Ninety one year old President Mugabe inspected the forces on Independence day from a standing position in a grey and red open military vehicle. As the vehicle drove slowly around the assembled forces, the President stood head and shoulders above the people he was inspecting, like a spectator in the upper gallery.
Later, when his speech was almost over Mr Mugabe at last commented on the xenophobic violence affecting Zimbabweans and other foreigners in South Africa which had by then been going on for three weeks. “I would want now to express our sense of shock, disgust as we abhor the incidences which happened in Durban. ..
The act of treating other Africans in that horrible way can never be condoned by anyone,” he said. The irony of those words are not lost on Zimbabweans who have been the victims of repeated horrors in Zimbabwe for the last fifteen years, regardless of our nationality or skin colour. Election violence, farm violence, political violence: burning, beating, torture, abductions, rape, arson, murder. Nor is the irony lost on Zimbabweans who are only in South Africa because they are either on the run from political persecution in Zimbabwe or because they are economic refugees from a country with 90% unemployment.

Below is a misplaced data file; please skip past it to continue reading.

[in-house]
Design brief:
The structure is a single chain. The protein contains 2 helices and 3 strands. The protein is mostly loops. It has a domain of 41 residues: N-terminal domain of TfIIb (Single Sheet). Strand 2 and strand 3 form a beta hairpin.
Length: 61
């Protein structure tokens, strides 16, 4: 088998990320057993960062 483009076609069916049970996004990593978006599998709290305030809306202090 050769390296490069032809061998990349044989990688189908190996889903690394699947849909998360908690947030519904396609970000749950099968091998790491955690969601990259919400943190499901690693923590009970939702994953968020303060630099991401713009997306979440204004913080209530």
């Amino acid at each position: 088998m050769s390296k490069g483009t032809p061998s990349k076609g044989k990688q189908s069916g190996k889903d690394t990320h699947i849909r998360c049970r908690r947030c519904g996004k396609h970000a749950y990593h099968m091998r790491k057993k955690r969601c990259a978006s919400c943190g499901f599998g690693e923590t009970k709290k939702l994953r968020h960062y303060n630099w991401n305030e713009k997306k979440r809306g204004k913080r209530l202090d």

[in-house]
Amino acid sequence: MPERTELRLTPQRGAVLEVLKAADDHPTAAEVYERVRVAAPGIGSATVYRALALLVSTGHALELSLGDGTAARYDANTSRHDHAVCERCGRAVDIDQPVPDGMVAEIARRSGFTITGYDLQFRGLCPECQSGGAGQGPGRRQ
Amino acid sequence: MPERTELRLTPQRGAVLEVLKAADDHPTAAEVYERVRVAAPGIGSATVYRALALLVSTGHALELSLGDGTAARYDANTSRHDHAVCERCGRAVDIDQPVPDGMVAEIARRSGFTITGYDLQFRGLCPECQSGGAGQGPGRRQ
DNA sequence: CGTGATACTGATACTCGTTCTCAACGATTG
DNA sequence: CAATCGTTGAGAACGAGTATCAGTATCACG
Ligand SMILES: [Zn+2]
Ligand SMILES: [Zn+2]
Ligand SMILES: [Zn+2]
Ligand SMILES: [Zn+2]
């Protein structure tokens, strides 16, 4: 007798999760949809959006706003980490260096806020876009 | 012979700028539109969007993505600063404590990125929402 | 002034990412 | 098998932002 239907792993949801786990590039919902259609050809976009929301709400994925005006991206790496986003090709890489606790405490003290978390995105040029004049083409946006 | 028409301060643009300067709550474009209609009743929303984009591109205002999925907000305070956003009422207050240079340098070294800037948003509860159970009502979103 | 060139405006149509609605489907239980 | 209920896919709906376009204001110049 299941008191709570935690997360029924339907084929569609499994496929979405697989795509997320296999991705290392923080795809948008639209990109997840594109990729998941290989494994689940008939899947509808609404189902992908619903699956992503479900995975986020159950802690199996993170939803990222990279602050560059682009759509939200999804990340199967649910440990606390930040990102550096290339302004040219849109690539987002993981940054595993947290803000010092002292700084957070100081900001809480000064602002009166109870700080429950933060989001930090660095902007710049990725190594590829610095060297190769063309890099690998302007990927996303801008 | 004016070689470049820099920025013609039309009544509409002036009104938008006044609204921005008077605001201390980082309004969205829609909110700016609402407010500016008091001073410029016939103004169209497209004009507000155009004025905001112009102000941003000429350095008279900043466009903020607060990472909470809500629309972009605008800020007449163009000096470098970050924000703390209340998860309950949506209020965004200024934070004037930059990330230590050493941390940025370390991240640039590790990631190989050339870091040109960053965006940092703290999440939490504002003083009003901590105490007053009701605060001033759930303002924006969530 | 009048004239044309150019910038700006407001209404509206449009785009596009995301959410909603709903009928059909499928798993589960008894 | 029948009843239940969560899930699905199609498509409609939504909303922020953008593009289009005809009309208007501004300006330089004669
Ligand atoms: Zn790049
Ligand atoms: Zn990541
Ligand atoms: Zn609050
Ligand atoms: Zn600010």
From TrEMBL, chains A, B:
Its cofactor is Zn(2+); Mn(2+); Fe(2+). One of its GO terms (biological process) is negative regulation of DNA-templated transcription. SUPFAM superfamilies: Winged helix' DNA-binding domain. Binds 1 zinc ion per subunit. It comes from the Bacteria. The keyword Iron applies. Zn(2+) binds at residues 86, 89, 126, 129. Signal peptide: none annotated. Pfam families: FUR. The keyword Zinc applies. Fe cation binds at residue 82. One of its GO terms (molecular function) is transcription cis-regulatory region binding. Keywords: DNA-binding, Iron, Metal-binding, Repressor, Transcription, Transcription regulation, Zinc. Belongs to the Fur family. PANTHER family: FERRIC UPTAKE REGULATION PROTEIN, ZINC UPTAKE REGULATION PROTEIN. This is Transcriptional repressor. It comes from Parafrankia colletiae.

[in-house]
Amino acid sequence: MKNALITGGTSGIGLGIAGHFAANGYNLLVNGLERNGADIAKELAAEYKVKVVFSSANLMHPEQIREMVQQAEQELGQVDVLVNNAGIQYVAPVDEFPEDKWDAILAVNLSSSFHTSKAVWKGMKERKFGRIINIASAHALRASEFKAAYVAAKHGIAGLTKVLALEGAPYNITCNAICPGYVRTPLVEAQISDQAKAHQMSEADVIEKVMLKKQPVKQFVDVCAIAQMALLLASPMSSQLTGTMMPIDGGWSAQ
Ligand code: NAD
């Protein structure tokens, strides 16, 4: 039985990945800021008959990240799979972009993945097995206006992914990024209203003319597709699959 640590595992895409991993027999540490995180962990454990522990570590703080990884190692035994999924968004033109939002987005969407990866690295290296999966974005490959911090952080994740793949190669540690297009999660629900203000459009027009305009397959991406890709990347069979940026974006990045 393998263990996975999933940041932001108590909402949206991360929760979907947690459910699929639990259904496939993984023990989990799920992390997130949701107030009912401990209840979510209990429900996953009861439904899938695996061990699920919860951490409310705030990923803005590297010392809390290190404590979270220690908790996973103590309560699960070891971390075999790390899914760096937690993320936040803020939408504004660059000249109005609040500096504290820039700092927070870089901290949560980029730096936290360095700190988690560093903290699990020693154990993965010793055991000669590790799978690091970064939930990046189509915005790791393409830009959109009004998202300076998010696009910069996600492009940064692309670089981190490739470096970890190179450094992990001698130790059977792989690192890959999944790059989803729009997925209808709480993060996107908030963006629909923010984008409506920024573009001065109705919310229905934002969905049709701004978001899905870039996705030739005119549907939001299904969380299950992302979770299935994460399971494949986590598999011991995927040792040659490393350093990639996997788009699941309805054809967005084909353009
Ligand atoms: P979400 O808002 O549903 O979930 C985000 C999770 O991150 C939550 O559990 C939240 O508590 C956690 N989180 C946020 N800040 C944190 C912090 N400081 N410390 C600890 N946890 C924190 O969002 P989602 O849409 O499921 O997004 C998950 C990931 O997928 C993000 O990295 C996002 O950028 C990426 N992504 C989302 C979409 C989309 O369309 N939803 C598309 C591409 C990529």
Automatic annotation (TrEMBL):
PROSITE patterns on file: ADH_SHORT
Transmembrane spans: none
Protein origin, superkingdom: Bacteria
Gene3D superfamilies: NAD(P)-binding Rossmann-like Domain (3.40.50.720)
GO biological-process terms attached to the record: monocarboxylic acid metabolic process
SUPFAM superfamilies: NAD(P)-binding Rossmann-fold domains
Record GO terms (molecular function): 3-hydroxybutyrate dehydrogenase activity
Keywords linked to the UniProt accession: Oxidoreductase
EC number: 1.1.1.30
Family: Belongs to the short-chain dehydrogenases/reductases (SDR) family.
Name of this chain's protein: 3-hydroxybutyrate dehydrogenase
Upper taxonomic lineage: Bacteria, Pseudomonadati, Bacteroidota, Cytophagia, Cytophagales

One of these Zimbabweans in South Africa described what it’s been like these past few weeks to be a foreigner in South Africa. Foreigners are called ‘makwerekwere’ there and these are his words:
“It’s a sorry and sad experience we are having …. So traumatic. You feel like the whole world has abandoned you. What you are seeing is just a tip of it. These guys daily they are bragging in the open saying you makwerekwere ain't seen anything yet. Even during the day they go about carrying their weapons. Those of us using public transport are in real danger. Two days ago a discussion ended up being an argument in a taxi [kombi/minibus]; the driver, a Zulu, stopped and ordered the majority of us to get out of the taxi or they would ‘call their guys.’ By the grace of God we disembarked.
We are vulnerable and exposed. Even doing business with locals is becoming a challenge because they are now afraid of reprisals from big brother.
The majority of us don’t work but create our own jobs, – to their benefit too. And there’s the issue of impunity… the first perpetrators of violence and looters went scot-free. Like those in Zim 2008 election violence ..they will always do it again and again.
When you walk during daytime you do that with your heart in your hands and when you sleep at night-time you sleep with one eye closed for you don’t know what will happen next.
'xeno' eyes, tough n dangerous. Here not safe, home not safe… so sad.”
These brave words say it all. Our hearts are breaking. Zimbabweans in the Diaspora are not forgotten nor is activist Itai Dzamara, abducted in plain view in Zimbabwe and now missing for six weeks.
Until the next time, thanks for reading this letter and supporting my books, love Cathy.Post published in: Letters to the Editor